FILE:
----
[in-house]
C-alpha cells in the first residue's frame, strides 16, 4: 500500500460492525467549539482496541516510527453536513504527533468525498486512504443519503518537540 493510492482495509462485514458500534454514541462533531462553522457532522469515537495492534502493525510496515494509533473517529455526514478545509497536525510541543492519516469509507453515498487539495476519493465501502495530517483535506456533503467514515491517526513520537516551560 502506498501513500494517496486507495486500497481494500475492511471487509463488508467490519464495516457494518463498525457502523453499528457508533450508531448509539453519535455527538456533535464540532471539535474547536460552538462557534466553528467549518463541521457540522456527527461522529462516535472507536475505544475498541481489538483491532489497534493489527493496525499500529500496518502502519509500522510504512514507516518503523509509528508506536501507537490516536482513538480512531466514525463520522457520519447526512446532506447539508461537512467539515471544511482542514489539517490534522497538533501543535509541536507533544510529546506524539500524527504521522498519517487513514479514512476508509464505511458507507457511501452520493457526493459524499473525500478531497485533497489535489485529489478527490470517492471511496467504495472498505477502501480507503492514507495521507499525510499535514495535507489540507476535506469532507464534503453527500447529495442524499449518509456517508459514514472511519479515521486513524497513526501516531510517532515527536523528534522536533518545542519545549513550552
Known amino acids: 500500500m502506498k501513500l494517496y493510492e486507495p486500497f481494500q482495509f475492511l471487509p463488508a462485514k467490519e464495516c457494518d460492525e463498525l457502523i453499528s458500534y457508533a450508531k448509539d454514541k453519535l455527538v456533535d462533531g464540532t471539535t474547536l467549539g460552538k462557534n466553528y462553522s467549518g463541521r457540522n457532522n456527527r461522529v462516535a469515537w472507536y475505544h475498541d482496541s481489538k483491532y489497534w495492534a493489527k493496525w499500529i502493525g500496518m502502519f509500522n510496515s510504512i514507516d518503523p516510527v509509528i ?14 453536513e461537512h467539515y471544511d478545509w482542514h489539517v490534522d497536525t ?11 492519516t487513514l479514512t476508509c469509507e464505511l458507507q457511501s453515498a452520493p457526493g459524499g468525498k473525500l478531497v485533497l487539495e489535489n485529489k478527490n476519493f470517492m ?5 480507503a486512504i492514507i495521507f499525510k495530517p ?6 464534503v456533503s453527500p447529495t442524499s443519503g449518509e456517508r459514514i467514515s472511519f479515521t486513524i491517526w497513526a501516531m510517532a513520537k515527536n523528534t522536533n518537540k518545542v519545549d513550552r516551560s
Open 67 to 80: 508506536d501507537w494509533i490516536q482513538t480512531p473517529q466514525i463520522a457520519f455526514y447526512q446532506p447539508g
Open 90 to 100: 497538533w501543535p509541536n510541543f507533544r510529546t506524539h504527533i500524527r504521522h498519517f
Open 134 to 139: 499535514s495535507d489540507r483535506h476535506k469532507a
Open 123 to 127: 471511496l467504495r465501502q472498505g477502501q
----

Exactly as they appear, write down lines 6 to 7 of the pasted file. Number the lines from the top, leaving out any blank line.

Open 134 to 139: 499535514s495535507d489540507r483535506h476535506k469532507a
Open 123 to 127: 471511496l467504495r465501502q472498505g477502501q